In all my 200 years of living in this cursed province, I have lamented the treatment of my kind. Matagots, that is; not strictly chamois spirits like myself, but all Matagots. Even the “revered” bear spirits and the supposedly prized wolf ones are first in line for the chopping-block whenever anything befalls a human. I have heard that other civilizations are much more advanced. Some, I’ve heard, even have special protection programs and written laws giving the Matagots just as many rights as their “masters.”

I may sound bitter, but I’m not completely. Anca—my darling, my dear, the apple of my eye—survived the fall, thank God, when a young woman caught her (although the force of the fall knocked the young lady to the ground, she, like Anca, had no serious injuries). And that is what matters most. What I’m afraid of above all else is that Petru will put little Anca in harm’s way again. Whether it’s by carelessness or malicious intent, if I’m locked away, Anca will be left with Petru. Perhaps the government will furnish the family with a new Matagot and so a new nanny for Anca, but that is little solace.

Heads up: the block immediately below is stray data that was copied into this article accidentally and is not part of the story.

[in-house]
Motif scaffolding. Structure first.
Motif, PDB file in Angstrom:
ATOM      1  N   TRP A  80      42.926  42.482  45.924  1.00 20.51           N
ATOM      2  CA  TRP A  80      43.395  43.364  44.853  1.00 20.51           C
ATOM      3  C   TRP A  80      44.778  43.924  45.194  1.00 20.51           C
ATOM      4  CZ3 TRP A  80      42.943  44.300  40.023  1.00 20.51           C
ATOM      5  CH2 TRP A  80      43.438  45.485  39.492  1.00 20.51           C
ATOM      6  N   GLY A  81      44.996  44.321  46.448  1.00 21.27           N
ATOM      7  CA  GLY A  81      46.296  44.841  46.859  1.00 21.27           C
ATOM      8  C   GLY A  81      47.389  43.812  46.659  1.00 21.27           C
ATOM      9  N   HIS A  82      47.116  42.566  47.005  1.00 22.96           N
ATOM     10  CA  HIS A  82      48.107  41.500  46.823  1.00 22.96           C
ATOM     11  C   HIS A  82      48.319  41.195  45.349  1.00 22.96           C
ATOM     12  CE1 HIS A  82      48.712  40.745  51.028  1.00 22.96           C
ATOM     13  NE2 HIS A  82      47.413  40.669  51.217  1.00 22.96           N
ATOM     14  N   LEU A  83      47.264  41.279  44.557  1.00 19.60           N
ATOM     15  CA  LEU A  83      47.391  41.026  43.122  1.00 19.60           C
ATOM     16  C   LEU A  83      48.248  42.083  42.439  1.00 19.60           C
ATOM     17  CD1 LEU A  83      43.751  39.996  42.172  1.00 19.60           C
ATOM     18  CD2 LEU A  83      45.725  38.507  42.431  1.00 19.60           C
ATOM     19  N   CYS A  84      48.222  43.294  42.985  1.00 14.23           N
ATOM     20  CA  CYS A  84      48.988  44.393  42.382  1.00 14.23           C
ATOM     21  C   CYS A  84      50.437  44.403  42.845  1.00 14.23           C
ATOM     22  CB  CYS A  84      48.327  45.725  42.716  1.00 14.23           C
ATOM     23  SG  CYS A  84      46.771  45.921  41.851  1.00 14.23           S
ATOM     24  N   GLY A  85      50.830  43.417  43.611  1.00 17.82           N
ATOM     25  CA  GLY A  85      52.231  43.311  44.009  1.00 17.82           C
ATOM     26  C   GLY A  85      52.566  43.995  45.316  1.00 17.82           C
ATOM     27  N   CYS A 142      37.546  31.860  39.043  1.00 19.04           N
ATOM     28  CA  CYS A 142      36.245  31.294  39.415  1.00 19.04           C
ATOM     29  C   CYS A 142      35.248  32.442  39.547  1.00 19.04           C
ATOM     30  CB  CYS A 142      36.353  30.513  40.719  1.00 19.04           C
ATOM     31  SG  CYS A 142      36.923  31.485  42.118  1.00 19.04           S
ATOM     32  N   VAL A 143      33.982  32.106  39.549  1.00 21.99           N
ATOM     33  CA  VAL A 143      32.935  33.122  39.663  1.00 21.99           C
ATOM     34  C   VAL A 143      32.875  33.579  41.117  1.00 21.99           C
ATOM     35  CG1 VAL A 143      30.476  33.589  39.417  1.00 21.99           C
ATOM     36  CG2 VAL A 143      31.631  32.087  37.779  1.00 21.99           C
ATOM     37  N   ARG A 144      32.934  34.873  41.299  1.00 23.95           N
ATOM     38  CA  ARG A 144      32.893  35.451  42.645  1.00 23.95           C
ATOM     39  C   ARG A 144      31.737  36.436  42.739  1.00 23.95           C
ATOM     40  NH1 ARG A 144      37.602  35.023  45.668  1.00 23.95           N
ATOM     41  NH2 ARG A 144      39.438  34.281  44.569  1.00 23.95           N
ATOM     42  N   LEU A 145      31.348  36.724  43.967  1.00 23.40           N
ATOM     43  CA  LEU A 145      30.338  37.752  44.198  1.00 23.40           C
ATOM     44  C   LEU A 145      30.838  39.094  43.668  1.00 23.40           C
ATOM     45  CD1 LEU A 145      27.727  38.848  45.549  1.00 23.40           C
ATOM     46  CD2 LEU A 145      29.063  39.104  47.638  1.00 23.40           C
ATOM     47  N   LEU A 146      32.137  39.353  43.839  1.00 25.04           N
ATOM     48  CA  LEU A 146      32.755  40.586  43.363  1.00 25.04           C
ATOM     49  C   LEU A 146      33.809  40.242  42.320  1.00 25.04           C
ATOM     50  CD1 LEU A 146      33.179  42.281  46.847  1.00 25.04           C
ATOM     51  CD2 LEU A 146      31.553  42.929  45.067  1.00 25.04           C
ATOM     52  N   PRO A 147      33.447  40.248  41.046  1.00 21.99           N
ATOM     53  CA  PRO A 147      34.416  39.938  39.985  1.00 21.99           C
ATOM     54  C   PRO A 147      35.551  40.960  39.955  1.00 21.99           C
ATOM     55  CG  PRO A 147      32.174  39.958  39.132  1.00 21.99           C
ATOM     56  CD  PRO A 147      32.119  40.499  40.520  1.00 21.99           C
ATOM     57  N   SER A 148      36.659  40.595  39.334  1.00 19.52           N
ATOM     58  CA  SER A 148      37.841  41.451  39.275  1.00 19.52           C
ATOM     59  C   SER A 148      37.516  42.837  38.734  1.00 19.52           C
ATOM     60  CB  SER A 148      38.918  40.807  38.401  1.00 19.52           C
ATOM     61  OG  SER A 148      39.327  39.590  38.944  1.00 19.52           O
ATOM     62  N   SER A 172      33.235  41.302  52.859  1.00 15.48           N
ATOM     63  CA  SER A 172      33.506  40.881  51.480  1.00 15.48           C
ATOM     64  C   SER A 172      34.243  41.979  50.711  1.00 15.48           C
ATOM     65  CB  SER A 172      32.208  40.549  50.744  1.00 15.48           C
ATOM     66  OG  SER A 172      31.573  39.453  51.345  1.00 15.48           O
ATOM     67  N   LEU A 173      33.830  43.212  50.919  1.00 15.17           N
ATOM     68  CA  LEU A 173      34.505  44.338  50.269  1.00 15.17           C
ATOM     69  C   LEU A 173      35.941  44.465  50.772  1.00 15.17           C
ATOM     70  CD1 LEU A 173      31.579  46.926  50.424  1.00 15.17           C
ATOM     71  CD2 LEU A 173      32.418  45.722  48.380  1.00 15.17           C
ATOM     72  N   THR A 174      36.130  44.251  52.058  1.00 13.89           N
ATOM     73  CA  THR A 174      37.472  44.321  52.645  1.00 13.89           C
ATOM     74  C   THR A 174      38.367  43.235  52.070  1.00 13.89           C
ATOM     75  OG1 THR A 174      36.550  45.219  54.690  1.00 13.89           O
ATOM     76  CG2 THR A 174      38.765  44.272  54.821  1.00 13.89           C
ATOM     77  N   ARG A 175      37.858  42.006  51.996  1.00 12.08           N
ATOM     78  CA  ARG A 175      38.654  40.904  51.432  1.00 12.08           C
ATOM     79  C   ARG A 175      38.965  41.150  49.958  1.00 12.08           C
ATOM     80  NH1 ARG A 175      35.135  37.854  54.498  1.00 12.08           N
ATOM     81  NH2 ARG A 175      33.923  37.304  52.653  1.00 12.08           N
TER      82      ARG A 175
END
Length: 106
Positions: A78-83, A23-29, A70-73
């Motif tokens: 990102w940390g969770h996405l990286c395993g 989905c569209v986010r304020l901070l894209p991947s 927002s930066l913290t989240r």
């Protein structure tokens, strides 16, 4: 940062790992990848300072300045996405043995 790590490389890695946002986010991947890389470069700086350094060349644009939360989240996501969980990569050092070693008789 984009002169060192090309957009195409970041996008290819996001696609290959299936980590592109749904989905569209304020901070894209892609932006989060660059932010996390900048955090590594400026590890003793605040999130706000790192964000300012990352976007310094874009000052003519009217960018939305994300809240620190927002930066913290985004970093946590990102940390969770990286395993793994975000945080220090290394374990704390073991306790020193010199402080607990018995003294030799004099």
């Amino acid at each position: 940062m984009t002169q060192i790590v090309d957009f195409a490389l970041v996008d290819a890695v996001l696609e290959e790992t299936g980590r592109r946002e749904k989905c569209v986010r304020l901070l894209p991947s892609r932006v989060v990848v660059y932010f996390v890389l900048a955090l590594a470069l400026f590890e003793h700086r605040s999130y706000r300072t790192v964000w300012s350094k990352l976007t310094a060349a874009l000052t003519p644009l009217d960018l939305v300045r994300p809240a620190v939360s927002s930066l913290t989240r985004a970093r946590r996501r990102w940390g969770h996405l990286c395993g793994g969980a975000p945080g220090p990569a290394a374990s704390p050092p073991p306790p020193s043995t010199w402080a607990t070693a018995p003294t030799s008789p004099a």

As I testify on the stand in court, Anca sits in the crowd, sucking her right thumb and then pulling it out of her mouth and clapping whenever I speak. She is dressed in mismatching clothes, and Petru has not combed her yellow hair, which sticks up like the arms of a starfish.

Whenever the prosecutor uses a harsh tone with me, Anca wails. It may not change the outcome of my case, but her inarticulate testimony means the world to me.

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amanda_sheree: my baby, Annie, in my lap (Hardison and Parker)
Friday, July 8th, 2011 10:42 pm
Pascal and Valentine are two of the main child characters planned for my Brownie Points (the other two are Kandace and Bixby, featured in earlier prompts).

22) Write a scene with children

Ode to Valentine

Pascal was taken with Valentine Spurling.